Mr Teng Ngiek Lian was featured in the Coutts Institute Million Dollar Donor Report in 2014. Below is the full case study and interview with the organisation.

Coutts Institute Million Dollar Donor Report - Mr Teng Ngiek Lian, 3 Nov 2014

Teng Ngiek Lian took inspiration from legendary investor Warren Buffett in launching his own venture, The Silent Foundation, three and a half years ago. To him philanthropy is about more than just giving money – “Taking photos with cheques doesn’t thrill me at all.” Teng is far more interested in helping other charitable organisations grow, and seeing the impact these donations can make to people’s lives.

Q. What inspired you to set up the Silent Foundation?

My inspiration came from Warren Buffett. As I am a value fund manager, he has clearly been an influence in my professional life. But as I observed so much of what he did, I was also influenced by his work in philanthropy. As a ‘value’ fund manager, we often find good value exists in ‘overlooked’ sectors. Stocks that have fallen or out of favour are often the best value buys. So when it comes to philanthropy, I naturally think of helping the overlooked sector, which I call the ‘Silent Sufferer’. That is why I called the foundation The Silent Foundation. The typical silent sufferers are those who are voiceless and in a minority. They don’t get attention from institutions, corporations and the public. Some good examples are mental health patients, distressed migrant workers, wildlife and the environment.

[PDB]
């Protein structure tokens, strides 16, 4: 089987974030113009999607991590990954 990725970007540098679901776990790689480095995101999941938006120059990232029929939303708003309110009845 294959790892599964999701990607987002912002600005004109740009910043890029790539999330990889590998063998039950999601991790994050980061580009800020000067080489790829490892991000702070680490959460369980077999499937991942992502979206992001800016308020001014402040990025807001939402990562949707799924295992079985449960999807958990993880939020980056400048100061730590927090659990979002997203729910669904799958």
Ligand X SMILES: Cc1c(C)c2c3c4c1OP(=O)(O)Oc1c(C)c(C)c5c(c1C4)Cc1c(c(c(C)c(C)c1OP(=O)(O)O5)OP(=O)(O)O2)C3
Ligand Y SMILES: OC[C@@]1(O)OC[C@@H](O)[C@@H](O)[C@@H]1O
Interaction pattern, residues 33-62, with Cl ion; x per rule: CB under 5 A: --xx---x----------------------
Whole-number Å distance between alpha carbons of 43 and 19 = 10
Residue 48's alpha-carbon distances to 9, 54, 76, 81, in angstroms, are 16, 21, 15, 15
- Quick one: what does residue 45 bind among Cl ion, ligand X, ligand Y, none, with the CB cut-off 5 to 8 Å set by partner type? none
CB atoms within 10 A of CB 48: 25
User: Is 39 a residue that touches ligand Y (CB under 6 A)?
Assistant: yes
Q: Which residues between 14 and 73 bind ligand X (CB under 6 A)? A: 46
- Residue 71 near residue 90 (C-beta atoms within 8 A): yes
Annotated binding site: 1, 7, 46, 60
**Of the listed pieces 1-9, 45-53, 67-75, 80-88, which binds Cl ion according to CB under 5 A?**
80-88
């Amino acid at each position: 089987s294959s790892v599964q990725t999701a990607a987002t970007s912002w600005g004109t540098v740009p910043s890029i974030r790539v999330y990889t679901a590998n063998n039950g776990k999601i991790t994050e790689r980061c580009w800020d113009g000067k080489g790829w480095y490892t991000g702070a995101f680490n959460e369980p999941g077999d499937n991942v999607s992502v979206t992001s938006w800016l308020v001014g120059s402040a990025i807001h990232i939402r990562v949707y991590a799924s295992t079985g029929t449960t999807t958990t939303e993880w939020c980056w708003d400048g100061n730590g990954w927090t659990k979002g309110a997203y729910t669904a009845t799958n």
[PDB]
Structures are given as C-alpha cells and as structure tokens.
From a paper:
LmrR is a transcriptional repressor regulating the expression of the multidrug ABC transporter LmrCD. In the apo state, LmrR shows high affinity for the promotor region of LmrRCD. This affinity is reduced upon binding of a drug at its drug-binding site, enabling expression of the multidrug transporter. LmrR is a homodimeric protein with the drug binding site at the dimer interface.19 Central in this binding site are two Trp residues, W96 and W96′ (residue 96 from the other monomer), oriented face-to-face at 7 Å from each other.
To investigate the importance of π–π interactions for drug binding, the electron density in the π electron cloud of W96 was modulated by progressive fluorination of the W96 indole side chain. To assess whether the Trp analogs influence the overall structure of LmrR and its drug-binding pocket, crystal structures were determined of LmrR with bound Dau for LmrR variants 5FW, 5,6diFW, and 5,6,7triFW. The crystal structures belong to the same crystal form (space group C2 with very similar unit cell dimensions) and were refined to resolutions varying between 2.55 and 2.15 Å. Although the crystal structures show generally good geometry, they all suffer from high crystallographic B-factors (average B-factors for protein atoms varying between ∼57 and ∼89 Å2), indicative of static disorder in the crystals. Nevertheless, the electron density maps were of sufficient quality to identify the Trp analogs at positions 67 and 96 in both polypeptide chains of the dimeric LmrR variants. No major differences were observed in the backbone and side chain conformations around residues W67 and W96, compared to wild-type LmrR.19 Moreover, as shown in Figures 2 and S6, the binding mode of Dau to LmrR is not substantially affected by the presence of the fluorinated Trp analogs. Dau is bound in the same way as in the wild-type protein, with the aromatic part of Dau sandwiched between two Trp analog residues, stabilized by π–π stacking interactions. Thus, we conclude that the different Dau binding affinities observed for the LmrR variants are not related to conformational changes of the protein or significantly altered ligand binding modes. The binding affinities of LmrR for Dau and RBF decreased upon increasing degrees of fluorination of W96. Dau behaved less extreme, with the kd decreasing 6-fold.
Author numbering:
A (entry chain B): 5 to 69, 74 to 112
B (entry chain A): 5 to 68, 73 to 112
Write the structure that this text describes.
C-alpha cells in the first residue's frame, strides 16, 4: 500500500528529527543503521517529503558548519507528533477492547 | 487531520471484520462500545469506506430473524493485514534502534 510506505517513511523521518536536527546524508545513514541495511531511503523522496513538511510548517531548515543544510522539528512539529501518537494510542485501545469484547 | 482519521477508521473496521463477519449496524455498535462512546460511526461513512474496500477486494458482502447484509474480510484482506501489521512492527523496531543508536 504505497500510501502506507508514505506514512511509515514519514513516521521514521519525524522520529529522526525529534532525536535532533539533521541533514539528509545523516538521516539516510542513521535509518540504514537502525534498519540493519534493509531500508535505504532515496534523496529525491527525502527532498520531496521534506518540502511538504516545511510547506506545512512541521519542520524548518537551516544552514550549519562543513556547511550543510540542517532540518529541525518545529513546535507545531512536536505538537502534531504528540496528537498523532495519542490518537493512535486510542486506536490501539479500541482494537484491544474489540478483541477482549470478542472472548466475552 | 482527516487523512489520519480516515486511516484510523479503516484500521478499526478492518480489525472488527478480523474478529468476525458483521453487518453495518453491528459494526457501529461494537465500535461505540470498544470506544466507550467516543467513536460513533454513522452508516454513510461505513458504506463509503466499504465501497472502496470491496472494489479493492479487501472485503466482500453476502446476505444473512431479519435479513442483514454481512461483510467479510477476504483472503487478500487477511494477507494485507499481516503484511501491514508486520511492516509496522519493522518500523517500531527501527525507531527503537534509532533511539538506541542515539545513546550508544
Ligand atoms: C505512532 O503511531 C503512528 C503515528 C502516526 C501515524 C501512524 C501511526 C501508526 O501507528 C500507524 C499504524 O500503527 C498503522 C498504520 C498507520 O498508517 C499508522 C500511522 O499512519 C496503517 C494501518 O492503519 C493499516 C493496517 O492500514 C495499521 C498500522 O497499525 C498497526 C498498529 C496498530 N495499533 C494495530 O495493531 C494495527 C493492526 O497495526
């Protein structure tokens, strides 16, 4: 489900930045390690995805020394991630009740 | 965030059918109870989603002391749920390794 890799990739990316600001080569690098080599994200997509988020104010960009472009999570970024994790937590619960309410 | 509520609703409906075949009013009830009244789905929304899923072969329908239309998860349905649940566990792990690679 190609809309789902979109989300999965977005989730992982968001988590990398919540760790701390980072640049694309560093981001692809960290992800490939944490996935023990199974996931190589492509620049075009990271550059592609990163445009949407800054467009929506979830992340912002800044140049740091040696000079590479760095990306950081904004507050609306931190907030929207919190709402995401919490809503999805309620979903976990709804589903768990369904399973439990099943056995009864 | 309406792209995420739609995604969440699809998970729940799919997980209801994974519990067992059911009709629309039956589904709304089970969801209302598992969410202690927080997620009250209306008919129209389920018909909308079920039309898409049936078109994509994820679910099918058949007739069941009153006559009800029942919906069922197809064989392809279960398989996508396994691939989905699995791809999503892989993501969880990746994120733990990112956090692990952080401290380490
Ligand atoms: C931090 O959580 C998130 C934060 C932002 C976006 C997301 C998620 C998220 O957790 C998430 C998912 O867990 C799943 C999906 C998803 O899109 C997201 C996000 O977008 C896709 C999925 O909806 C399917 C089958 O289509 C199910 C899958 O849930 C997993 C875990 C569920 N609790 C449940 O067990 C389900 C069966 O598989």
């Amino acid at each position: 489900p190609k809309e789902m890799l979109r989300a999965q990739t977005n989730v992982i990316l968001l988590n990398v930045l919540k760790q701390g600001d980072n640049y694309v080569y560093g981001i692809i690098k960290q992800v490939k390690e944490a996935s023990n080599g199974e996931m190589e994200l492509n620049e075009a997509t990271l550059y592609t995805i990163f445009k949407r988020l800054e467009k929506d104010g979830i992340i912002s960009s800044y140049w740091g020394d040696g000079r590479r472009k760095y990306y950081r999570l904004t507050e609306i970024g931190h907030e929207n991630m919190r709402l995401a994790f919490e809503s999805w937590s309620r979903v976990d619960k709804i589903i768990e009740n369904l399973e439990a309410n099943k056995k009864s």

Q. What kind of causes do you support?

We divide our funding between the protection of animals and the environment (50%) and human causes (50%). We like to support causes and charities that are being overlooked and/or budding. For example, we have been funding ACRES, a local animal rescue organisation, while also helping migrant workers through HOME and Healthserve.

Q. Has your work as a fund manager influenced your philanthropy in other ways?